The Department of Justice and its underlings (the FBI and nearyl every law enforcement agency in the nation) have turned the ideal of asset forfeiture (defund drug dealers; return money to the defrauded, etc.) into a free-roaming, many-tentacled opportunistic beast, one that "liberates" any amount of "suspicious" cash from tourists, legitimate business owners or anyone else who just happens to have "too much" cash in their possession.
The IRS is in on this as well. The agency doesn't need to prove anyone is guilty of anything before seizing assets. It just needs to feel that things aren't quite right.
For almost 40 years, Carole Hinders has dished out Mexican specialties at her modest cash-only restaurant. For just as long, she deposited the earnings at a small bank branch a block away — until last year, when two tax agents knocked on her door and informed her that they had seized her checking account, almost $33,000.
The Internal Revenue Service agents did not accuse Ms. Hinders of money laundering or cheating on her taxes — in fact, she has not been charged with any crime. Instead, the money was seized solely because she had deposited less than $10,000 at a time, which they viewed as an attempt to avoid triggering a required government report.
The person whose money has been seized isn't necessarily guilty of anything. Hinders hasn't been arrested, nor does there appear to be any sort of ongoing investigation. The IRS hasn't hit Hinders with tax liens for unpaid taxes or subjected her to an audit. All it did was look at records for her deposits and decide that because none of them surpassed the $10,000 mark (which triggers automatic reporting), everything in the account must be somehow illegal.
Here's the brain-bleeding explanation of IRS's civil forfeiture program
Civil forfeiture is an in rem proceeding against the property itself, not the owner of property. Civil forfeiture is a process that is separated from, and not dependent on, a criminal prosecution. Civil forfeiture can proceed administratively or judicially.
Hinders never needs to be charged. In fact, she never needs to be heard from again. The IRS can seize and hold this money indefinitely and decide whether or not the $33,000 is "guilty" without any
input from Hinders. To opportunistic agents, any sub-$10,000 deposit is "evidence" that the depositer is deliberately avoiding reporting requirements, rather doing so for any number of more mundane, less criminal reasons.
Take this IRS seizure from last year
, for example.
Since he bought it in 1978, Terry Dehko has owned Schott’s Supermarket in Fraser, Michigan. His daughter, Sandy, began working at the store when she was 12 and now helps her father run it. The IRS has not argued before a court of law that Terry and Sandy have committed a crime, but that has not stopped it from seizing their entire bank account, worth over $35,000. The IRS claims that Terry and Sandy violated federal anti-money laundering laws by making regular deposits of cash in amounts less than $10,000.
But the IRS has offered no evidence that money laundering has occurred. In fact, it has done nothing more than seize Dehko's money. The explanation for Dehko's deposit patterns make perfect sense, but perfect sense won't fund further IRS activity.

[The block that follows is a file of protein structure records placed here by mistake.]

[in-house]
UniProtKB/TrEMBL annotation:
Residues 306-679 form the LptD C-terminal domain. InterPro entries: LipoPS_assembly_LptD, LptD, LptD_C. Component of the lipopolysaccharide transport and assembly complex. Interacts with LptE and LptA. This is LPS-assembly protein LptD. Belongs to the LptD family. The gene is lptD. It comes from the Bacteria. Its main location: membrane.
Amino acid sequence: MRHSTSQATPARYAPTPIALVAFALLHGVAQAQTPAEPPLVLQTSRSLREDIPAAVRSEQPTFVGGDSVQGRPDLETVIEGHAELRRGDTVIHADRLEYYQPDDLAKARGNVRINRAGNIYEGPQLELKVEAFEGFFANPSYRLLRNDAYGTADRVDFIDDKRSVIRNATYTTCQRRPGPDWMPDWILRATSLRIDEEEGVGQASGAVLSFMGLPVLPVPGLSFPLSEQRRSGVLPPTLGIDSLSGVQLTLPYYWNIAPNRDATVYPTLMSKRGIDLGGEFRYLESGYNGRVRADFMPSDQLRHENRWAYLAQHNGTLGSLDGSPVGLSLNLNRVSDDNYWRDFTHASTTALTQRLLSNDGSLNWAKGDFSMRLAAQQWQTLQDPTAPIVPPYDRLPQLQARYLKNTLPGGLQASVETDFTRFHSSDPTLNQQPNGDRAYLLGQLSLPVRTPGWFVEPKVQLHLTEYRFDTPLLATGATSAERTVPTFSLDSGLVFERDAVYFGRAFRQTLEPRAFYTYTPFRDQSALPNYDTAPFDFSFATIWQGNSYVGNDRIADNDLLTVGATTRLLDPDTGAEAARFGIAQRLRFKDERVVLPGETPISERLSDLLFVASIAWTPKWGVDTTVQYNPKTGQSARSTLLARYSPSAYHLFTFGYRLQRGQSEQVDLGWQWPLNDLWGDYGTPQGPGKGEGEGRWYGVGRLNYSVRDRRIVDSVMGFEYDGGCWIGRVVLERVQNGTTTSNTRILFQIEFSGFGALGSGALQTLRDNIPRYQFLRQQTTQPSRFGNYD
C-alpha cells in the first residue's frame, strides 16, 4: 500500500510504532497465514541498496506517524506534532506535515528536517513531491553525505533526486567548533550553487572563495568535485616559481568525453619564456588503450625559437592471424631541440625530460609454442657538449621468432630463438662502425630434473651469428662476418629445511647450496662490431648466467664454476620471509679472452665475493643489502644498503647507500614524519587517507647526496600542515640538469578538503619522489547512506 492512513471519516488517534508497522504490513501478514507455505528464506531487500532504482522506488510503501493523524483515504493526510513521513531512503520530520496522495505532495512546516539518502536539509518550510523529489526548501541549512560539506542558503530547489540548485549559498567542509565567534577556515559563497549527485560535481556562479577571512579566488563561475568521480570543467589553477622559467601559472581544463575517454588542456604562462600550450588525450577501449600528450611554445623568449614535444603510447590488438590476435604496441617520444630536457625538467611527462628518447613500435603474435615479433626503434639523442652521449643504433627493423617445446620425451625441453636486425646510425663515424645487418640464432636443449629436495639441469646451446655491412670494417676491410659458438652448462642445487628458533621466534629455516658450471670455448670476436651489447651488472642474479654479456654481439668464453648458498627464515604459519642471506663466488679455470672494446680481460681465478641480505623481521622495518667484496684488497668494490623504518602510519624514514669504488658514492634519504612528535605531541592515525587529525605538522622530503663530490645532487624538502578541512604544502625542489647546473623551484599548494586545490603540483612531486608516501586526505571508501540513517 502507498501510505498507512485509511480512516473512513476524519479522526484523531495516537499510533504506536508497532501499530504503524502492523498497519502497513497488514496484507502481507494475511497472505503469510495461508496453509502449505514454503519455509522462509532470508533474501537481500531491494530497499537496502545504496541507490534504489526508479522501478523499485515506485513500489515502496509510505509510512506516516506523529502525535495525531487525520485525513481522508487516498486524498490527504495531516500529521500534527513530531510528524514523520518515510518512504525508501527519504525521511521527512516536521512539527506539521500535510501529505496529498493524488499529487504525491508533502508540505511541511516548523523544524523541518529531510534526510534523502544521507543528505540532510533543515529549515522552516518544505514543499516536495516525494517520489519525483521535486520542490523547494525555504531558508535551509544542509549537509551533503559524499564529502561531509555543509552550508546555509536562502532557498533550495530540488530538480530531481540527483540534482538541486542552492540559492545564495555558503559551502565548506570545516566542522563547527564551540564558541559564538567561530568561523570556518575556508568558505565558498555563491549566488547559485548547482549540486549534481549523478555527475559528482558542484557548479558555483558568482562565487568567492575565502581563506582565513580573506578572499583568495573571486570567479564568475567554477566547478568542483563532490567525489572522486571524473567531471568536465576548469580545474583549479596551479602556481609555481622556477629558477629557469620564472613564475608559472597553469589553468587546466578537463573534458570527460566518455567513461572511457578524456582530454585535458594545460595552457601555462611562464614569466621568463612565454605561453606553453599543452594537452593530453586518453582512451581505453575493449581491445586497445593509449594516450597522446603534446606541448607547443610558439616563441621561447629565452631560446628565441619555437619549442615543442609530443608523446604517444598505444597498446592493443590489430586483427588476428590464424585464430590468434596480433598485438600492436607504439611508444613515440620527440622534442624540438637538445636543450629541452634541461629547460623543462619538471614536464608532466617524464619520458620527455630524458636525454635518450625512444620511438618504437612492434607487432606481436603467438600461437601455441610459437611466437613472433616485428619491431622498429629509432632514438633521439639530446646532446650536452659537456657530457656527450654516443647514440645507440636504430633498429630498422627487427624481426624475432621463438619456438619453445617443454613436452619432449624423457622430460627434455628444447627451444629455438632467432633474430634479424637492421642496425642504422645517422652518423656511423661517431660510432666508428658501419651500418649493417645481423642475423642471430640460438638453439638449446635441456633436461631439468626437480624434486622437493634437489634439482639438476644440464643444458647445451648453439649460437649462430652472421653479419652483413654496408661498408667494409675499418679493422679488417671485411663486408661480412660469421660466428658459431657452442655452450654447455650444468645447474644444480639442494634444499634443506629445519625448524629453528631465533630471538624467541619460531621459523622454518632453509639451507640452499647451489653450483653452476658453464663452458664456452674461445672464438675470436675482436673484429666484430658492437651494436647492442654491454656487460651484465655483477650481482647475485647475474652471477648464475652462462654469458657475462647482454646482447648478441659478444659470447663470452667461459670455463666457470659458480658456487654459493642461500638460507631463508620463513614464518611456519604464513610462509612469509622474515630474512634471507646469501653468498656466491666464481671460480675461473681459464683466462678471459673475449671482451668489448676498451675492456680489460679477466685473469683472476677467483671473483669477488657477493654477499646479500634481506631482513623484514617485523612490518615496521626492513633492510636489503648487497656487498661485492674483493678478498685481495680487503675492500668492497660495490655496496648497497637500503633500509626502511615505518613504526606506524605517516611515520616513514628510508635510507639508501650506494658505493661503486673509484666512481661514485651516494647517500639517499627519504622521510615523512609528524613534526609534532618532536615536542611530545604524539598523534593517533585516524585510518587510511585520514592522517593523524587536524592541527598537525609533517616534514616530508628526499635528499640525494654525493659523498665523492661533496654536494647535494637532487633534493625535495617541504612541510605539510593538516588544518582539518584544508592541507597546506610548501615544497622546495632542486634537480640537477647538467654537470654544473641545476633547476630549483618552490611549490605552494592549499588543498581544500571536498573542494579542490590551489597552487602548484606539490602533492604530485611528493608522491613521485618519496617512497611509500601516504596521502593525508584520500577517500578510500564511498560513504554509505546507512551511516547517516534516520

Their insurance policy, aimed at small businesses like their grocery store, protects them from theft, but only up to $10,000. Since any dollar over 10,000 left in the store is liable to uninsurable theft, Terry and Sandy make sure their revenues are deposited in their bank account before accumulating above $10,000.
Anyone nailed by an IRS seizure can fight for the return of their money, but there's nothing resembling due process here. Those choosing to do so would have to file a lawsuit intervening
in the IRS's forfeiture case. In other words, the situation must be forced. Simply showing up and defending money from accusations of wrongdoing isn't enough. In fact, it isn't even a possibility, at least not in this case. Prosecutors for the Dehko case offered the them a "deal:" an implicit admission of guilt via a plea bargain (presumably on behalf of the guilty money) and the return of 20% of the seized funds.
There are more stories like this. A dairy had $70,000 seized by the IRS after a string of deposits
following the sale of farm equipment raised bank eyebrows. Again, prosecutors offered a pennies-on-the-dollar settlement to the couple whose assets were taken. A 27-year-old vending business, heavily reliant on cash flow, had nearly $450,000 seized
. Again, "structuring" of deposits was the excuse used to justify the government's theft of earned income. The IRS civil forfeiture system is every bit as crooked as the one being abused by law enforcement agencies. Perverted incentives have demolished restraint and fairness and turned it into an extremely efficient way to stockpile cash.
According to the Institute for Justice, the Department of Justice’s Asset Forfeiture Fund held $93.7 million of seized assets in 1986. In 2008, that fund was greater than $1 billion…
Fortunately for the Dehkos, they won their battle against the government and had the seized funds returned. The IRS was ordered to produce proof of wrongdoing or release the funds. It chose the latter and was additionally held responsible for $71,500 in attorneys' fees. Dropping the case also allowed the IRS to walk away from the debacle without further legal examination of its civil asset seizure policies. So, while the Dehkos obtained a win, the IRS ultimately learned nothing from the experience. The fact that the average forfeiture battle racks up over $20,000 in legal fees means that more often than not, the IRS will get to keep nearly everything it seizes.